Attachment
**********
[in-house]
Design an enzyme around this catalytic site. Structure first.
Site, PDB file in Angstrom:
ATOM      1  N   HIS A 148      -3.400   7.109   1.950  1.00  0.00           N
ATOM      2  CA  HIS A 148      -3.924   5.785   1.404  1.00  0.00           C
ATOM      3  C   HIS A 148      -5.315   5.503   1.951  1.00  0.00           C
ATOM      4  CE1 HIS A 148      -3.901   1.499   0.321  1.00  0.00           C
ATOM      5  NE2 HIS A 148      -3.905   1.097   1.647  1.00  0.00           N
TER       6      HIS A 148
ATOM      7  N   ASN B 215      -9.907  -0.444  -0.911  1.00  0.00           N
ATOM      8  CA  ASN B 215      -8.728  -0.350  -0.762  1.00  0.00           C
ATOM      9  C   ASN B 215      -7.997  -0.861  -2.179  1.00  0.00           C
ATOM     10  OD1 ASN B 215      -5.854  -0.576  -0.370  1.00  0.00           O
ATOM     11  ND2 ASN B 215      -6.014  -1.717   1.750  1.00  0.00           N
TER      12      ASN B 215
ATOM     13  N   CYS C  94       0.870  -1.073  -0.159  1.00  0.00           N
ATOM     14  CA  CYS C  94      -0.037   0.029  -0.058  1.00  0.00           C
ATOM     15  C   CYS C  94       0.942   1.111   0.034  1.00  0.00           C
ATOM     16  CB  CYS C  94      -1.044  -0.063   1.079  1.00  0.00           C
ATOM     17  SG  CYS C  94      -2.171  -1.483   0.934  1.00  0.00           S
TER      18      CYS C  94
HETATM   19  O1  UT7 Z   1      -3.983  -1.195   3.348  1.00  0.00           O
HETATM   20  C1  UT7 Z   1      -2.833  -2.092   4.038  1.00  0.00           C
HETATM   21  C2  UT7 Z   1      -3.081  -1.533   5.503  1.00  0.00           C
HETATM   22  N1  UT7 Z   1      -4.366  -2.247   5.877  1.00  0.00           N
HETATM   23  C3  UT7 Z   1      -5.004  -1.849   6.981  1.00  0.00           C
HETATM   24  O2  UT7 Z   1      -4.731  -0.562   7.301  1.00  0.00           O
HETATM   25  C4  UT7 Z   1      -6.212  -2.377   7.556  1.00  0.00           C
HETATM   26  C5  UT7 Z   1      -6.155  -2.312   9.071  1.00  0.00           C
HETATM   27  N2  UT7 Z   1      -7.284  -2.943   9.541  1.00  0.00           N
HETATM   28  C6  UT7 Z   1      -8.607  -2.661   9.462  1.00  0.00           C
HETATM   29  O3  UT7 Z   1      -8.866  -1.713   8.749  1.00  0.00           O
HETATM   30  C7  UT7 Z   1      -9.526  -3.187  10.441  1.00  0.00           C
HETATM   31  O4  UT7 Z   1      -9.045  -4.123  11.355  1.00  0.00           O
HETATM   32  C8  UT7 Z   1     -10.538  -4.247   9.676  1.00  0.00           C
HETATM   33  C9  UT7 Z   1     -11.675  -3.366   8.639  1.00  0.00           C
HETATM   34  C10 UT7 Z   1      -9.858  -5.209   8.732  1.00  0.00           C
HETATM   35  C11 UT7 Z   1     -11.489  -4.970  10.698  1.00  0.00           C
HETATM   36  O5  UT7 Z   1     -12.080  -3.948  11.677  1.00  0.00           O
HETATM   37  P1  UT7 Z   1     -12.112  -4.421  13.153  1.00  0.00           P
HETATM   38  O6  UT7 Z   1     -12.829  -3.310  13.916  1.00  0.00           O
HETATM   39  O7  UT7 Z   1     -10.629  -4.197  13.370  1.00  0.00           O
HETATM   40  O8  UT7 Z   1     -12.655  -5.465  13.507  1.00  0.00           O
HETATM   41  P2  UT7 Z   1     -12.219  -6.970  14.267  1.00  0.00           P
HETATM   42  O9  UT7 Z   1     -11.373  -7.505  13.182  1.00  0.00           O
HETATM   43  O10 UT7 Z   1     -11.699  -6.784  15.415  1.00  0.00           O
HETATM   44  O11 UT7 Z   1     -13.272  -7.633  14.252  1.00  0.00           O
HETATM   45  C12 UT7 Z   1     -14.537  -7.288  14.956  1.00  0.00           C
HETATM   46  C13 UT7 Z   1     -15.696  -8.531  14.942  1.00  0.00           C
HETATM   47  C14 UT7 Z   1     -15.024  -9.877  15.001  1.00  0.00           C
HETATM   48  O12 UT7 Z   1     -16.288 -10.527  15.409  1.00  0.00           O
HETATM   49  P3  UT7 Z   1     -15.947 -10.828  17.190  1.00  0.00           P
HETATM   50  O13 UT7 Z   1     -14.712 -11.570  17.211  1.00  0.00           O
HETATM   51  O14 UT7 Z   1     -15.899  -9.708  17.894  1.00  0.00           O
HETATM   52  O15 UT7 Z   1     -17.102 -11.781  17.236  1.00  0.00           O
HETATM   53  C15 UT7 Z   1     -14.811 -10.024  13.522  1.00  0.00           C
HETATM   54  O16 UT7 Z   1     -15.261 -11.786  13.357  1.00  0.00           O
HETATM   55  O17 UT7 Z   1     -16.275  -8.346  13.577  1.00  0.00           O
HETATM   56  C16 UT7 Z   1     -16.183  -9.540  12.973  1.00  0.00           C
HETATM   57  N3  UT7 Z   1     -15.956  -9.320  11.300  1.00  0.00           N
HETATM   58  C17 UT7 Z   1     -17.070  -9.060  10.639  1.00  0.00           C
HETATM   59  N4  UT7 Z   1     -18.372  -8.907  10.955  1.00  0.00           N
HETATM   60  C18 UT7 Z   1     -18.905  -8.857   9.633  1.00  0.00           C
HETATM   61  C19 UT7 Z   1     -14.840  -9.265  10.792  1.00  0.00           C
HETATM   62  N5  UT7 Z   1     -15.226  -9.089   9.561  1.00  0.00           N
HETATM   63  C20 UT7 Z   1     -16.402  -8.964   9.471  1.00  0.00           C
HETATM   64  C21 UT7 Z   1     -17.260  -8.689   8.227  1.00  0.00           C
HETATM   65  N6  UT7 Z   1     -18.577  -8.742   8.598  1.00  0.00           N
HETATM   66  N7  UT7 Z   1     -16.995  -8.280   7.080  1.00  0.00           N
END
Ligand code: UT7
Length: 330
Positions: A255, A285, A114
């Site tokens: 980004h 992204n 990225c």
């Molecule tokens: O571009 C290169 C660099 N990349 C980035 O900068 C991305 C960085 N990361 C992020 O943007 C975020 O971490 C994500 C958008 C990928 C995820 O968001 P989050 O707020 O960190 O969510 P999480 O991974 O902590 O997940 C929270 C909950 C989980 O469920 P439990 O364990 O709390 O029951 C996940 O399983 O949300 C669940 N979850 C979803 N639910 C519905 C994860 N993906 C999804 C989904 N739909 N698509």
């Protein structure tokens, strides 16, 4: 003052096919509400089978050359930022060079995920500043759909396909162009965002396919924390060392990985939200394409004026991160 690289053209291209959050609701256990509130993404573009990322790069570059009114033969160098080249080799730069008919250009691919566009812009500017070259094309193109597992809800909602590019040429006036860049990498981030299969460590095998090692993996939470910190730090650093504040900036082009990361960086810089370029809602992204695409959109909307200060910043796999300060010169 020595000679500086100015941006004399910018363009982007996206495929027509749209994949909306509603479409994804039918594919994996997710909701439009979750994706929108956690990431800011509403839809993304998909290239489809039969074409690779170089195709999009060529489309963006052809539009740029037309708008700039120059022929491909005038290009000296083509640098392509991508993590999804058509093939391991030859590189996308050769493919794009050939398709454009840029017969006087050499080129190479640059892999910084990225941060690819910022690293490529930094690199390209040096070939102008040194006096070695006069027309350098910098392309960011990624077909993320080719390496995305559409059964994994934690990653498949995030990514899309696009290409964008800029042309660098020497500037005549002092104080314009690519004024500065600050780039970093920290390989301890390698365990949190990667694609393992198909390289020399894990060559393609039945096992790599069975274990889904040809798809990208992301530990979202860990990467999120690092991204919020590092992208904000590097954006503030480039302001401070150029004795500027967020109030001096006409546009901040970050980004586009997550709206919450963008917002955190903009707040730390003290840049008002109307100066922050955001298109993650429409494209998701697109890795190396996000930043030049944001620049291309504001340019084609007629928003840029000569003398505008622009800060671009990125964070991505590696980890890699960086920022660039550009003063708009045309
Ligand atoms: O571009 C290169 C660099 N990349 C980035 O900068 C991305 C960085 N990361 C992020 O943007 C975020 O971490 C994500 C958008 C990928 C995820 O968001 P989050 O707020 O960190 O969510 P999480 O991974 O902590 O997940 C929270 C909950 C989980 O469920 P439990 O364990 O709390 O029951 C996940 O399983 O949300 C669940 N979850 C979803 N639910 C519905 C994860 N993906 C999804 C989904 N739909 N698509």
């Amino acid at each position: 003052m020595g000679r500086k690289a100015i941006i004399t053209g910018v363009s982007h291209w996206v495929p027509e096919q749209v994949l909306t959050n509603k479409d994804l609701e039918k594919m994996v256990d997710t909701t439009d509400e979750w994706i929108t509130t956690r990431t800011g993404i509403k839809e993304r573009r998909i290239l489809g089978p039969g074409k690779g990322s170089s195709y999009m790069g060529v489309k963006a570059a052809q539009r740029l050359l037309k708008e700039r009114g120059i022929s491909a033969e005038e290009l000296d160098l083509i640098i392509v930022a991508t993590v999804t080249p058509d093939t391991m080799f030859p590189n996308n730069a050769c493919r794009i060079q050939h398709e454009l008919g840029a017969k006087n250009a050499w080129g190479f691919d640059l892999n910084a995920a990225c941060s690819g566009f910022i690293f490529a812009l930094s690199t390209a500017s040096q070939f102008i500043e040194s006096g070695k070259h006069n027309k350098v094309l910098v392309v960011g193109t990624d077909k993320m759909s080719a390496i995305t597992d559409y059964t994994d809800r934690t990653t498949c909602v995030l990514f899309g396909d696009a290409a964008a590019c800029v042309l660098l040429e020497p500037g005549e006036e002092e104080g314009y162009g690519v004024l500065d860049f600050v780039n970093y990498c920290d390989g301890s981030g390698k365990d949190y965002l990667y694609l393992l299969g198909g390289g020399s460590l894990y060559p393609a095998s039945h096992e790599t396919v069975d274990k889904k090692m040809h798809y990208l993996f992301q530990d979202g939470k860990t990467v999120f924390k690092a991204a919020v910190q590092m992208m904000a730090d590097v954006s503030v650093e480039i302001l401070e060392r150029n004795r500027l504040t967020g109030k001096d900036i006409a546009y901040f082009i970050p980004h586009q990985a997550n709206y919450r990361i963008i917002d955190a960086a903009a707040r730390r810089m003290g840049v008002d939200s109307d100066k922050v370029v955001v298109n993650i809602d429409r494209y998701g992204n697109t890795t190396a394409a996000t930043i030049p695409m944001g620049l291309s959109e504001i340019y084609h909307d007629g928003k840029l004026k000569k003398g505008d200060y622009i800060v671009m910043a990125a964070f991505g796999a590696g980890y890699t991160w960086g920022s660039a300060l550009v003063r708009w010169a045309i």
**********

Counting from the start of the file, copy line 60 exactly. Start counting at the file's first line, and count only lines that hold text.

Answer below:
HETATM   57  N3  UT7 Z   1     -15.956  -9.320  11.300  1.00  0.00           N